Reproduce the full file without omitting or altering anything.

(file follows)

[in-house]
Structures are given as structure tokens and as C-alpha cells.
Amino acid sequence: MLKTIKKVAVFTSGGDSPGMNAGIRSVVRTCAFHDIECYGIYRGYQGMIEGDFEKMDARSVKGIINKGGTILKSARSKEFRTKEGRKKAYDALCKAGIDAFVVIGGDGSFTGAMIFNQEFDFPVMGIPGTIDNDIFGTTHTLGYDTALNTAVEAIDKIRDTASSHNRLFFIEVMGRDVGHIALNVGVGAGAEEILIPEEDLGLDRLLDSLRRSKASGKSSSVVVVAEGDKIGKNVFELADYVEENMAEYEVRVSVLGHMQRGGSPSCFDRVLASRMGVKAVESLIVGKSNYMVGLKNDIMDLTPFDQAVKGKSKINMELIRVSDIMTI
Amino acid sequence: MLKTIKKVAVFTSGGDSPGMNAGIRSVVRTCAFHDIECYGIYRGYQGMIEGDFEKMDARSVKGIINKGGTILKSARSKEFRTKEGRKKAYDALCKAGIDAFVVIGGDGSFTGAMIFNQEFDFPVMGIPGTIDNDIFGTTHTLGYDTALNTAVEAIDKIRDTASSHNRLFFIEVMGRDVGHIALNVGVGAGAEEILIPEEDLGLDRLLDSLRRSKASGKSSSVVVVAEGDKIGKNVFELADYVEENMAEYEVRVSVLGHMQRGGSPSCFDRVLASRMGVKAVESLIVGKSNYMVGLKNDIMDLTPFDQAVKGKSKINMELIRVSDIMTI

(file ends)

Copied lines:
[in-house]
Structures are given as structure tokens and as C-alpha cells.
Amino acid sequence: MLKTIKKVAVFTSGGDSPGMNAGIRSVVRTCAFHDIECYGIYRGYQGMIEGDFEKMDARSVKGIINKGGTILKSARSKEFRTKEGRKKAYDALCKAGIDAFVVIGGDGSFTGAMIFNQEFDFPVMGIPGTIDNDIFGTTHTLGYDTALNTAVEAIDKIRDTASSHNRLFFIEVMGRDVGHIALNVGVGAGAEEILIPEEDLGLDRLLDSLRRSKASGKSSSVVVVAEGDKIGKNVFELADYVEENMAEYEVRVSVLGHMQRGGSPSCFDRVLASRMGVKAVESLIVGKSNYMVGLKNDIMDLTPFDQAVKGKSKINMELIRVSDIMTI
Amino acid sequence: MLKTIKKVAVFTSGGDSPGMNAGIRSVVRTCAFHDIECYGIYRGYQGMIEGDFEKMDARSVKGIINKGGTILKSARSKEFRTKEGRKKAYDALCKAGIDAFVVIGGDGSFTGAMIFNQEFDFPVMGIPGTIDNDIFGTTHTLGYDTALNTAVEAIDKIRDTASSHNRLFFIEVMGRDVGHIALNVGVGAGAEEILIPEEDLGLDRLLDSLRRSKASGKSSSVVVVAEGDKIGKNVFELADYVEENMAEYEVRVSVLGHMQRGGSPSCFDRVLASRMGVKAVESLIVGKSNYMVGLKNDIMDLTPFDQAVKGKSKINMELIRVSDIMTI